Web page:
Archive for the ‘Nonsense’ Category

As promised many moons ago, here we are beginning a series of thoughts on nonsense. More specifically, we’re interested in the Swiss-cheese kind of hole-iness of arguments and thinking used by all types of people at their most passionate, and, unfortunately, even at their most dispassionate. Our guide is the wonderful little book by Robert J. Gula, Nonsense: Red Herrings, Straw Men and Sacred Cows: How We Abuse Logic in Our Everyday Language.

Gula’s opening chapter on “everyday nonsense” asks the probing question, “Are men and women by nature hopelessly muddled creatures?” He answers, “By nature, yes. Muddled, yes. Hopelessly, no.” For Gula, hope in the face of the human tendency toward nonsense, it appears, is a matter of better training and more instruction in the practice of argument. More on that later.

My own interest in the structures of ideological communication, especially persuasion (or “argument”), goes beyond the formal structures to the inanity of exasperating obliviousness. In other words, I wonder not only about why and how bad arguments see the light (the airwaves?) of day; I wonder, too, about the cognitive processes at work in those who seem truly not to have a clue about the world, people, communication, etc.  at the most basic levels of personal interaction. While that’s not a topic of the book, recognizing pitfalls and “blind spots” in persuasive communication certainly is. And Gula recognizes one of those blind spots is attitudinal rather than theoretical: laziness. He notes, “Careful and clear thinking requires a certain rigor; it is a skill, and, like all skills, it requires training, practice, and vigilance.”

Definitely correct, and I particularly appreciate Gula’s recognition that his book helps not just the arguer but the arguee, that is, the listener.  Hence the value of the book for those who deal with the more generally, and not only the occasionally, obtuse. “It’s frustrating,” Gula writes, “to know in your heart that what you’ve just heard is nonsense but not to be able to pinpoint why it is nonsense. If you’ve ever found yourself in that position, this book should help. It identifies and itemizes the many different guises that erroneous thinking may assume, and it explains some of the reasons for erroneous thinking.”

Gula offers “general principles” (he does not want to call them “laws”) in the form of a list of patterns that characterize the ways people tend to respond, or as the case may be, react. Mostly they resonate with what we have each no doubt experienced but in each case they are complemented for the Christian with the nature of the Spirit’s work in the face of such obstinacy and obliviousness. For instance, Gula notes that people “tend to believe what they want to believe” and it’s often hard to get them out of that way of thinking. Yes, and the Spirit wonderfully opens our blind eyes and deaf ears to see and hear the truth of things, which alone gives us hope as communicators. Gula also notes that people “tend to generalize from a specific event,” which is to say they lose a sense of proportion in the way they relate specific events to the general patterns and truths, often working only along the lines that favor them. He also lists that people tend to “hear selectively,” hearing “only what they want to hear;” “are eager to rationalize”; sometimes cannot “distinguish what is relevant from what is irrelevant”; “are usually unwilling to explore thoroughly the ramifications of a topic” and “tend to oversimplify.” In a moment of utter candor, Gula states that people “often simply don’t know what they are talking about, especially in matters of general discussion. They rarely think carefully before they speak, but they allow their feelings, prejudices, biases, likes, dislikes, hopes, and frustrations to supersede careful thinking.”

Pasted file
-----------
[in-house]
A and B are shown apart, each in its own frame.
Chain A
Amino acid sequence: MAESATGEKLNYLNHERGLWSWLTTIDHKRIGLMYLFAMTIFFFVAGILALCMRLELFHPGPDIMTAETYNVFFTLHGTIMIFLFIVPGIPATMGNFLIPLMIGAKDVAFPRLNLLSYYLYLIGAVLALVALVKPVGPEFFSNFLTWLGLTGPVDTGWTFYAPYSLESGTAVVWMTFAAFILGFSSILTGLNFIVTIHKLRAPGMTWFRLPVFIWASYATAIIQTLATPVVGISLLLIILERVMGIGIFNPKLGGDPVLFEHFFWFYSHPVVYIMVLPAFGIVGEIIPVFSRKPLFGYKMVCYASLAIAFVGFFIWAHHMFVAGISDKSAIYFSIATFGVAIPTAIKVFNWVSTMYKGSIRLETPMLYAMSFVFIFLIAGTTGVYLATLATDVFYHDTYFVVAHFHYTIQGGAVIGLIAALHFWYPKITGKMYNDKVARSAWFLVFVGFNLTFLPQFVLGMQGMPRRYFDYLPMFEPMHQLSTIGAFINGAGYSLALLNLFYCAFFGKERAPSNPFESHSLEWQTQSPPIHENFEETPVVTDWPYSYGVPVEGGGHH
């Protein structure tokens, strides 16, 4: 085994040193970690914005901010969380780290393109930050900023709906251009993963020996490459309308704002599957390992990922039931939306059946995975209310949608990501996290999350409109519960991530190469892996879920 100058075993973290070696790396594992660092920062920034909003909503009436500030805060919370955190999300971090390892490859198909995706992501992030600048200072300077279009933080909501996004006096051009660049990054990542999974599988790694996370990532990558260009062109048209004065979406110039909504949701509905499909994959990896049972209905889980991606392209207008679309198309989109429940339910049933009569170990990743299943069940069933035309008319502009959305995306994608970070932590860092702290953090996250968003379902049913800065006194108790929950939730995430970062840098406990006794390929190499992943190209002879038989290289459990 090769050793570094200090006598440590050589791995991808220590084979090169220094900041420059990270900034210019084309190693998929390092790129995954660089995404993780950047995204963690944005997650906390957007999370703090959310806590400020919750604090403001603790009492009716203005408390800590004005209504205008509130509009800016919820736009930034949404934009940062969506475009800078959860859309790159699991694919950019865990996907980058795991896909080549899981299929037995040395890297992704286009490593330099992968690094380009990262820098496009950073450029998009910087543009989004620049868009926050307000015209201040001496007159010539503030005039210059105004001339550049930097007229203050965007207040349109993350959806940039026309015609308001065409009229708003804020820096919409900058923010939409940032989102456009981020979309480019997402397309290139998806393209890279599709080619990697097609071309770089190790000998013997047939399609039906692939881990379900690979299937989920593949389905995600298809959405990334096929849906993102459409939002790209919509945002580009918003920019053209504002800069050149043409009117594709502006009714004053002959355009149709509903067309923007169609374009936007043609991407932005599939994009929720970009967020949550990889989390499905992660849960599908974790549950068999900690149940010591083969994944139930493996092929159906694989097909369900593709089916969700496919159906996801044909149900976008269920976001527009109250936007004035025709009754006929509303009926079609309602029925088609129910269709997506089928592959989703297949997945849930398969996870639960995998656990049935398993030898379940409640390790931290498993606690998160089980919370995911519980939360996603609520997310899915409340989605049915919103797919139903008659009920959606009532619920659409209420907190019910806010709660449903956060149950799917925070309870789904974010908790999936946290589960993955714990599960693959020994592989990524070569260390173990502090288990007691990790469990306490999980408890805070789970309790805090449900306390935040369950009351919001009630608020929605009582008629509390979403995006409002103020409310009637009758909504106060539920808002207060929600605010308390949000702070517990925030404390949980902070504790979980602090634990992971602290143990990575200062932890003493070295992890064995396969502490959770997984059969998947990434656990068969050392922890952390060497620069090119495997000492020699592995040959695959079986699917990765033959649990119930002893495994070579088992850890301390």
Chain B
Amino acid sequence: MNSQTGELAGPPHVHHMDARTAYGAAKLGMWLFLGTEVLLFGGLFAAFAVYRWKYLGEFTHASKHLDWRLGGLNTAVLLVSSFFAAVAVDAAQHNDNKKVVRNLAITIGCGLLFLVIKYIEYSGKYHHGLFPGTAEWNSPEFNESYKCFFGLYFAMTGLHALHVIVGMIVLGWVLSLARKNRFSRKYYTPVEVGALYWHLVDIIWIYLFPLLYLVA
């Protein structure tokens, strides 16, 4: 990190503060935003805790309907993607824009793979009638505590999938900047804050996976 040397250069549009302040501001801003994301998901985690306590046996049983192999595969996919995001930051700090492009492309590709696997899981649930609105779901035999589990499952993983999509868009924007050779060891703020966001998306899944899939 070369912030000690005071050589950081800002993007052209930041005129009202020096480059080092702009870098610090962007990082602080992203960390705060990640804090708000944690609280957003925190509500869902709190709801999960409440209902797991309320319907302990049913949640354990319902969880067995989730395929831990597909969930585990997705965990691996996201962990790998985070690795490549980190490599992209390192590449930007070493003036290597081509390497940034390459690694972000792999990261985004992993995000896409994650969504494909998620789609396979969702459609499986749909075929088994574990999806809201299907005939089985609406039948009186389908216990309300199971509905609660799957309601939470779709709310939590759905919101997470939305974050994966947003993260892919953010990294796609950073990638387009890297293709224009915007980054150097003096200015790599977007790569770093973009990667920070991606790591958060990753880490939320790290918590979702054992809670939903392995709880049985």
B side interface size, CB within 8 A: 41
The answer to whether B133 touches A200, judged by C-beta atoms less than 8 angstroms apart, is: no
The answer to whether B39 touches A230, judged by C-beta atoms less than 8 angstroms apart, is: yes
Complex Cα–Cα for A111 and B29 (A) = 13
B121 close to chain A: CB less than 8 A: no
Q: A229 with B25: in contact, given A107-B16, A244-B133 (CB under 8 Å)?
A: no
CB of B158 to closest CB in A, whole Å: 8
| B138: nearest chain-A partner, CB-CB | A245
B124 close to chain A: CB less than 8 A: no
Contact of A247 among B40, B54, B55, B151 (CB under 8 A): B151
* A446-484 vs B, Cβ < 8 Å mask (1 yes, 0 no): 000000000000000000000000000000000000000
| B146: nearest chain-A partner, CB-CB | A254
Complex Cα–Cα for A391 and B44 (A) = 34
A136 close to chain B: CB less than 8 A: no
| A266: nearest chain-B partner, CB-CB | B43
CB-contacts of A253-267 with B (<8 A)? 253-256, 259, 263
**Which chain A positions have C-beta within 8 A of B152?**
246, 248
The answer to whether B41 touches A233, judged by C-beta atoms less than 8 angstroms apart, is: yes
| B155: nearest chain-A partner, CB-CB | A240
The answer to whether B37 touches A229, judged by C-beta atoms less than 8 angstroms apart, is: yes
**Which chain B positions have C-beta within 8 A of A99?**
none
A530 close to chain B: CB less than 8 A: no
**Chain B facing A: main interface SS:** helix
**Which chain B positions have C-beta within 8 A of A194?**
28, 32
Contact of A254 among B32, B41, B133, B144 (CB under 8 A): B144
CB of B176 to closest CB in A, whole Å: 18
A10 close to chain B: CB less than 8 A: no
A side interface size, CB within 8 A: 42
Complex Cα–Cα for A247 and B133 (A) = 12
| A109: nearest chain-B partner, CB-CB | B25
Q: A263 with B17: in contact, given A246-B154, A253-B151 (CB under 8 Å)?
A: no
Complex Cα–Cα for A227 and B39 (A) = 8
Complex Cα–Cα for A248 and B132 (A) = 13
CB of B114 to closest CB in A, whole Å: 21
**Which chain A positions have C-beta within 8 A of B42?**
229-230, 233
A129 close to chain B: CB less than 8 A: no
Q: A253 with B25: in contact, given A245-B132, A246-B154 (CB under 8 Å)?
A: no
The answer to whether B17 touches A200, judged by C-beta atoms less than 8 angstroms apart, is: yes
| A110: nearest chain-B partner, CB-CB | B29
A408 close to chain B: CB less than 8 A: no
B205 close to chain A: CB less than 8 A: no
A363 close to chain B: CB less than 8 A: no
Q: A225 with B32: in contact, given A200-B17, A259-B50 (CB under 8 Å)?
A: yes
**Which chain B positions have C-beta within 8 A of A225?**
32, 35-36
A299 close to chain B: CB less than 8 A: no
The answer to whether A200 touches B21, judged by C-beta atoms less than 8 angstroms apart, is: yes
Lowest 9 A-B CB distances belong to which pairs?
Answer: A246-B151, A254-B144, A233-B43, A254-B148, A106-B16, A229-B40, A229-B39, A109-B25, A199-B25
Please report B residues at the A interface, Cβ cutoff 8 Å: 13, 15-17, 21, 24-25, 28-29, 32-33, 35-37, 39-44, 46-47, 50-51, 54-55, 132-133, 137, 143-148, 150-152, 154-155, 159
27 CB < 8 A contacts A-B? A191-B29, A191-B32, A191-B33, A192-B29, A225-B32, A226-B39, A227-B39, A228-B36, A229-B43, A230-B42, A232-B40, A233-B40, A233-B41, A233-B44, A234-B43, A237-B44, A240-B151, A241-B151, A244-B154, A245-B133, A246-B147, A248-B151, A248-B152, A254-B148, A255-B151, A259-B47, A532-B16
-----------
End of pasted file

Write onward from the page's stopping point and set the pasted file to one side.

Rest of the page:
Now, Gula is not, from any indication in the book at least, a Christian. Yet it is striking how Gula’s creation in the image of God is reflected in the decidedly moral nature of his list of communication and logical fallacies. He knows what ought to be but gives no theoretical, certainly no theological, justification for his expectation. Yet Gula recognizes, as we all must, that sound communication is not a matter of intellectual but of spiritual capacity: it’s a matter not of how smart one is but of the presence or absence of active love. It’s really as simple as that, which is not to say it is easy. Nonsense is ethical; in the hands of sinners it becomes a tool of destruction. And for that reason a Christian will recognize a different hope for the communicatively impaired. Because it is a matter of sin, hope comes not from more training and practice per se but ultimately from the Spirit, who may be pleased to use books such as this one as means to the glorious end of love indeed, which is love in deed, love in practice. Along that path Gula’s book is a helpful guide, helping Christian readers develop a holy impatience with loveless speech, particularly as it arises from our own hearts and flows from our own lips.


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